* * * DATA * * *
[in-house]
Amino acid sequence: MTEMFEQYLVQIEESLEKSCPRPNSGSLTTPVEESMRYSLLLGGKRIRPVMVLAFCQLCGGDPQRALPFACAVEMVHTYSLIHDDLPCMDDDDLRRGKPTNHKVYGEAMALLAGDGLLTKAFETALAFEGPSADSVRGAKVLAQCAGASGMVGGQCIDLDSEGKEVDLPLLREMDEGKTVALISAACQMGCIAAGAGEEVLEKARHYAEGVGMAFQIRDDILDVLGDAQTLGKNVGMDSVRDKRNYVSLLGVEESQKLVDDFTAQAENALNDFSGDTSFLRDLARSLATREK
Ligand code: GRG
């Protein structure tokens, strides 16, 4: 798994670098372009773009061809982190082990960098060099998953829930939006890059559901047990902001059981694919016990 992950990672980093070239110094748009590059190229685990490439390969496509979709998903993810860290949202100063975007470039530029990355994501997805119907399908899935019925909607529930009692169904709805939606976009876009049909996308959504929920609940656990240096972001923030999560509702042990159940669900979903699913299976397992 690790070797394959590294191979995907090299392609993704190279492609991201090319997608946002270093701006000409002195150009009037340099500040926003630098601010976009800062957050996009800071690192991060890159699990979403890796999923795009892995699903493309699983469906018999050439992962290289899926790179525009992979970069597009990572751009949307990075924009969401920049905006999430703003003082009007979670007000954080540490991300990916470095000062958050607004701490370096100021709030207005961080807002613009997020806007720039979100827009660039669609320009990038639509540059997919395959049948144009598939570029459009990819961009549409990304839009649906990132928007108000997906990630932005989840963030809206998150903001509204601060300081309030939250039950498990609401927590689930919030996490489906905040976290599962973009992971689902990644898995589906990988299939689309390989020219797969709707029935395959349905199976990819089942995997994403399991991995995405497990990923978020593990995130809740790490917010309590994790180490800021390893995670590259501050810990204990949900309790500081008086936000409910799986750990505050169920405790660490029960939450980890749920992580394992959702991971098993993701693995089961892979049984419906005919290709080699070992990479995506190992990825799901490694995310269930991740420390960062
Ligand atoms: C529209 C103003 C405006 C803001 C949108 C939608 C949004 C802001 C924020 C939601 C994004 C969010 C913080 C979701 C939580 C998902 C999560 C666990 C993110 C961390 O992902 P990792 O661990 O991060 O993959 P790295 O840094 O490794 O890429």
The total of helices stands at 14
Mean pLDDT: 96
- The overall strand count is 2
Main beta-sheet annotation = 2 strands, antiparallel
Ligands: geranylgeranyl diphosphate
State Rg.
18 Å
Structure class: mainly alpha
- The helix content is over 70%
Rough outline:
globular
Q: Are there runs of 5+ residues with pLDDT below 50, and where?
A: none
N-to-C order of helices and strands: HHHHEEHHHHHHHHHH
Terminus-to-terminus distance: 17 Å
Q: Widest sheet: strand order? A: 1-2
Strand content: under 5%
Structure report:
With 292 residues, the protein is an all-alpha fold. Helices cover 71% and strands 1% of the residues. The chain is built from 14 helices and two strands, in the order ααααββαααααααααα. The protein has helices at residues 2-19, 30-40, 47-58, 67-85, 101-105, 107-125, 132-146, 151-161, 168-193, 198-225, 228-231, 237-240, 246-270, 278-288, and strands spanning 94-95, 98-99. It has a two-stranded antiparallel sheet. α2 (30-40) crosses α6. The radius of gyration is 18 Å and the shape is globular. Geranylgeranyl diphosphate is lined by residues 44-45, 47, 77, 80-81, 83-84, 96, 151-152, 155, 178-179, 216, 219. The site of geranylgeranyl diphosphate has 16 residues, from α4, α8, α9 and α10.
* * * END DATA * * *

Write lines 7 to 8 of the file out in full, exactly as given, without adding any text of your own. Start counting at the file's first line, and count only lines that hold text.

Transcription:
Mean pLDDT: 96
- The overall strand count is 2